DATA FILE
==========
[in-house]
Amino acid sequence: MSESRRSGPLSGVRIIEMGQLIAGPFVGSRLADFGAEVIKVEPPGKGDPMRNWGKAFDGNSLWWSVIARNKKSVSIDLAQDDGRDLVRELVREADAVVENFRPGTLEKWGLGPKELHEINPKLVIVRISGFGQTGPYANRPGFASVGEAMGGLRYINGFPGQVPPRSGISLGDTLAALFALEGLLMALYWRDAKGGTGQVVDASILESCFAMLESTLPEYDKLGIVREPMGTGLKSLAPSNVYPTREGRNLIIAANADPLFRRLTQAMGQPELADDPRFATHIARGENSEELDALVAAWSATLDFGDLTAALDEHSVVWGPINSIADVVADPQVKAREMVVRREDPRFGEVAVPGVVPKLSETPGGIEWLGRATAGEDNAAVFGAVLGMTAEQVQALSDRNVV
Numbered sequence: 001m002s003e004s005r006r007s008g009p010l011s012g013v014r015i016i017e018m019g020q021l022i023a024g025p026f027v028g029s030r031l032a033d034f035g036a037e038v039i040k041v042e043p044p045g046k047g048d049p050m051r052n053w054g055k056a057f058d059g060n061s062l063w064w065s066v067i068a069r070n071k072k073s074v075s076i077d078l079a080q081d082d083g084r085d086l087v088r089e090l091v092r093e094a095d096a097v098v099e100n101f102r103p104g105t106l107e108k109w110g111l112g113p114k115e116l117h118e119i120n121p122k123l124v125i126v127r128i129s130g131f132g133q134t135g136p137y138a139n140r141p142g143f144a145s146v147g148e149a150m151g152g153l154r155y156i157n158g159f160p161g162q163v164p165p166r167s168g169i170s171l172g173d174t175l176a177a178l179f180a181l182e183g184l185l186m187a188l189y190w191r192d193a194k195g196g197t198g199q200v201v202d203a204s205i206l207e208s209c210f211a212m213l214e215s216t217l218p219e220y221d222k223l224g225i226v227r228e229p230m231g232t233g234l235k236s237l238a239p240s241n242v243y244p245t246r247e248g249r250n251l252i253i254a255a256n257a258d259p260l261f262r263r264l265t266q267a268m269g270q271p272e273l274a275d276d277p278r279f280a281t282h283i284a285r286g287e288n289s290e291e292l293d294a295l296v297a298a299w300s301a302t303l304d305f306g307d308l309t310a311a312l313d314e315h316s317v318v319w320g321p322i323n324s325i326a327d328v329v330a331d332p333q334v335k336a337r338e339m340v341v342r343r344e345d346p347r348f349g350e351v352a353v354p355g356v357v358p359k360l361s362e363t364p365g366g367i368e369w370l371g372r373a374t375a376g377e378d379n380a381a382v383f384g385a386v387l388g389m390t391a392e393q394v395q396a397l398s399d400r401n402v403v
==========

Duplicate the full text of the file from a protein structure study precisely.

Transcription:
[in-house]
Amino acid sequence: MSESRRSGPLSGVRIIEMGQLIAGPFVGSRLADFGAEVIKVEPPGKGDPMRNWGKAFDGNSLWWSVIARNKKSVSIDLAQDDGRDLVRELVREADAVVENFRPGTLEKWGLGPKELHEINPKLVIVRISGFGQTGPYANRPGFASVGEAMGGLRYINGFPGQVPPRSGISLGDTLAALFALEGLLMALYWRDAKGGTGQVVDASILESCFAMLESTLPEYDKLGIVREPMGTGLKSLAPSNVYPTREGRNLIIAANADPLFRRLTQAMGQPELADDPRFATHIARGENSEELDALVAAWSATLDFGDLTAALDEHSVVWGPINSIADVVADPQVKAREMVVRREDPRFGEVAVPGVVPKLSETPGGIEWLGRATAGEDNAAVFGAVLGMTAEQVQALSDRNVV
Numbered sequence: 001m002s003e004s005r006r007s008g009p010l011s012g013v014r015i016i017e018m019g020q021l022i023a024g025p026f027v028g029s030r031l032a033d034f035g036a037e038v039i040k041v042e043p044p045g046k047g048d049p050m051r052n053w054g055k056a057f058d059g060n061s062l063w064w065s066v067i068a069r070n071k072k073s074v075s076i077d078l079a080q081d082d083g084r085d086l087v088r089e090l091v092r093e094a095d096a097v098v099e100n101f102r103p104g105t106l107e108k109w110g111l112g113p114k115e116l117h118e119i120n121p122k123l124v125i126v127r128i129s130g131f132g133q134t135g136p137y138a139n140r141p142g143f144a145s146v147g148e149a150m151g152g153l154r155y156i157n158g159f160p161g162q163v164p165p166r167s168g169i170s171l172g173d174t175l176a177a178l179f180a181l182e183g184l185l186m187a188l189y190w191r192d193a194k195g196g197t198g199q200v201v202d203a204s205i206l207e208s209c210f211a212m213l214e215s216t217l218p219e220y221d222k223l224g225i226v227r228e229p230m231g232t233g234l235k236s237l238a239p240s241n242v243y244p245t246r247e248g249r250n251l252i253i254a255a256n257a258d259p260l261f262r263r264l265t266q267a268m269g270q271p272e273l274a275d276d277p278r279f280a281t282h283i284a285r286g287e288n289s290e291e292l293d294a295l296v297a298a299w300s301a302t303l304d305f306g307d308l309t310a311a312l313d314e315h316s317v318v319w320g321p322i323n324s325i326a327d328v329v330a331d332p333q334v335k336a337r338e339m340v341v342r343r344e345d346p347r348f349g350e351v352a353v354p355g356v357v358p359k360l361s362e363t364p365g366g367i368e369w370l371g372r373a374t375a376g377e378d379n380a381a382v383f384g385a386v387l388g389m390t391a392e393q394v395q396a397l398s399d400r401n402v403v